“Robert Rees,” he said. His voice was quiet, deepish and slightly husky, and started a slow curl of warmth through my blood. “Can I come in?”
In the light spilling from the room I could see he was pale, the almost transparent pallor that goes with naturally auburn hair. His was not just red, it was a copper mane that came past his collar in heavy waves. The warmth became a pulse of interest, and I flattened it quickly. I’d been dateless far too long, obviously. He was about my age as far as I could tell, just under six feet tall and looked as if he’d escaped from a Hollywood Brat Pack: all lean grace and cheekbones and thin high-bridged nose, and a gold ring in one earlobe. He also had a chin with a jut to it that begged to be introduced to a fist. He looked like fire and ice. He looked like trouble. ‘Can I come in?’ Who was he trying to kid? Not a chance …
The impulse sort of faded away and, “Yes,” I heard myself say. I was moving aside to let him walk past me before I fully realised what I was doing. His eyes were very green and as our gazes met, he smiled. The conviction I was imagining things edged into my mind and took over. This biker lout was no more trouble than Mike. A pest and a pain in the backside, but that was all.
“Thanks,” he said. “Mike told me to say he’s sorry he upset you, but he is worried.”
“Huh. I’ll wring his neck when I get hold of him, but it’s not your fault. You can stay for a day or so, I suppose.” I shut the door on the night. I felt oddly disconnected from my irritation with Mike and my unwanted guest, and couldn’t recall why he was unwanted, just that he was. The beginnings of a headache twinged behind my eyes. “Have you got any gear?”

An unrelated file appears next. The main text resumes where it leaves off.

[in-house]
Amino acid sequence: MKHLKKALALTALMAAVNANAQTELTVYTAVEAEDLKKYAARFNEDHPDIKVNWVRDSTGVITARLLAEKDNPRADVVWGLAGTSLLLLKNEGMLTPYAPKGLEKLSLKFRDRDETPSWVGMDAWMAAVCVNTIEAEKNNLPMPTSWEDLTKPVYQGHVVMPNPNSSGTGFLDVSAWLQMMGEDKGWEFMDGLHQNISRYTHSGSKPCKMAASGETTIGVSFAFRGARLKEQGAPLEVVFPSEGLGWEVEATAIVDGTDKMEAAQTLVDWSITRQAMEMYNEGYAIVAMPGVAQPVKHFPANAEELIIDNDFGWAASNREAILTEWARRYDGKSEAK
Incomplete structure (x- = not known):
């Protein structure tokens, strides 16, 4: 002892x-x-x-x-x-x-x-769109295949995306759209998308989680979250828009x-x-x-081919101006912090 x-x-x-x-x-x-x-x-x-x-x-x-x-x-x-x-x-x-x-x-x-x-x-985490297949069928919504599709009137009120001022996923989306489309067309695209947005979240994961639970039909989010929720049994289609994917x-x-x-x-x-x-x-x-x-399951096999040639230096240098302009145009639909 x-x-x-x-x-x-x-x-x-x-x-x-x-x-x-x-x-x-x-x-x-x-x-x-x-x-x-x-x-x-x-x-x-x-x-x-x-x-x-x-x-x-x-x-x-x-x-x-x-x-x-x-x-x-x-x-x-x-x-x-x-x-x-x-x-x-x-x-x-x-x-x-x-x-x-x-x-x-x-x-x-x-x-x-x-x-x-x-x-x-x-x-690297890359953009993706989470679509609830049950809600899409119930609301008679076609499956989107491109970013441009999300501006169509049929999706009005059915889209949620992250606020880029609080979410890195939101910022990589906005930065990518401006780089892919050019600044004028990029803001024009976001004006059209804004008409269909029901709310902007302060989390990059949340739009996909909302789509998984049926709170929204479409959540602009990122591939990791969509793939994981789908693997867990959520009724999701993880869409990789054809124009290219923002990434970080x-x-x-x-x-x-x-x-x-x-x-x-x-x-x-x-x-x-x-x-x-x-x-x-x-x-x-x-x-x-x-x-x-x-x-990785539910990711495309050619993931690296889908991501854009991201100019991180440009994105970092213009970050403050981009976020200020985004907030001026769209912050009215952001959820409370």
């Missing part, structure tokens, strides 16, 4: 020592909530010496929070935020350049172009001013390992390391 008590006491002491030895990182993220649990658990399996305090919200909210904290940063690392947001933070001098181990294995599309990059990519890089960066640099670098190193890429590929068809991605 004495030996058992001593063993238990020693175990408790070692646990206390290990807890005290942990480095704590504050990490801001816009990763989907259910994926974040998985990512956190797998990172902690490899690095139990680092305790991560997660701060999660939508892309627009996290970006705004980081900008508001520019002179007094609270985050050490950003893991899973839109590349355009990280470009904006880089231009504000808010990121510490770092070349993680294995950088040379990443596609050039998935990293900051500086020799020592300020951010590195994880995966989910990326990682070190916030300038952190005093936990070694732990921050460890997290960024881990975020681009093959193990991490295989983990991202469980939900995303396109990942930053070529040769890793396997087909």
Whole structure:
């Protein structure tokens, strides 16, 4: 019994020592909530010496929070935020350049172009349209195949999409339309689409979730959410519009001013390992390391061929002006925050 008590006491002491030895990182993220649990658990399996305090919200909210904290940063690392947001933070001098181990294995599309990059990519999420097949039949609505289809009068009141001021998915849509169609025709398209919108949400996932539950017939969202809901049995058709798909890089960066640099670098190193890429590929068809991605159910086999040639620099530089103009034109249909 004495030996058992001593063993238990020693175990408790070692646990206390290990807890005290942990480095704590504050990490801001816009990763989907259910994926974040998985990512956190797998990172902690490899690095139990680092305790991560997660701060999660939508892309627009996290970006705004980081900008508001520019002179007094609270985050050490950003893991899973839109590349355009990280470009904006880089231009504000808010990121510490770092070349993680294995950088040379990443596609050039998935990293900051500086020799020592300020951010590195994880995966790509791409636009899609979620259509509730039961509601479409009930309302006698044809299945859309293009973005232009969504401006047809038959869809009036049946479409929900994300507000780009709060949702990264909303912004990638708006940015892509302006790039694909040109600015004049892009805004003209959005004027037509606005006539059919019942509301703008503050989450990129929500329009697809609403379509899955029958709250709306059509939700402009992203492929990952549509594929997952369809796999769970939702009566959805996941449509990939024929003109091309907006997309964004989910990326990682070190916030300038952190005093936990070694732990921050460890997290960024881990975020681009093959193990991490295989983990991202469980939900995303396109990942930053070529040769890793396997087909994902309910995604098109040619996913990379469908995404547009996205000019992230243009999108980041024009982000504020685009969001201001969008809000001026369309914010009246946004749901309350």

“Yes, on the bike.”
“Bring it in, then. There’s another tarp in the workshop if you want to cover yours up. You look as if you could do with a hot drink. Coffee?”
“Thanks. Black, no sugar.”
“Go on, then. And wipe your feet!”
By the time I’d put the kettle on, he was back, panniers draped over one shoulder, hair straggling wetly over his face. He dropped the panniers and held out a hand to me. “Thanks for the hospitality,” he said and I wondered if he was being sarcastic. “I am house-trained, I promise.”
That got a bit close to reading my thoughts and I could feel my colour rising. “So I should hope,” I snipped, shaking hands automatically. His paw was narrow and long-fingered and chilled, the grip firm without being a power play. I glanced down at our joined hands.
On the first finger of his right hand was what looked to be an antique gold ring, the armorial design on the bezel worn close to obliteration. Hmm. So the Brat Packer was wearing a fancy ring. That didn’t quite go with the image. I wondered briefly where he got it from, then it fuzzed and slipped from my mind. “Furniture isn’t improved by being dripped on,” I said sternly, determined to play the bitch to remind him he was here under sufferance, and if it sounded more bitch-queen, then tough. It might even scare him off. “These are the house rules and if you don’t like them you know what you can do about it. Since you’re the resident Doberman, you can sleep on the sofa in the living room. It’s a lot closer to the workshop than Mike’s attic. You can also do the cooking and washing-up for both of us while you’re here, so I can spend more time on Dad’s work. Do you have any problems with that?”
“No, Rob,” he said meekly. Too mealy-mouthed, by half.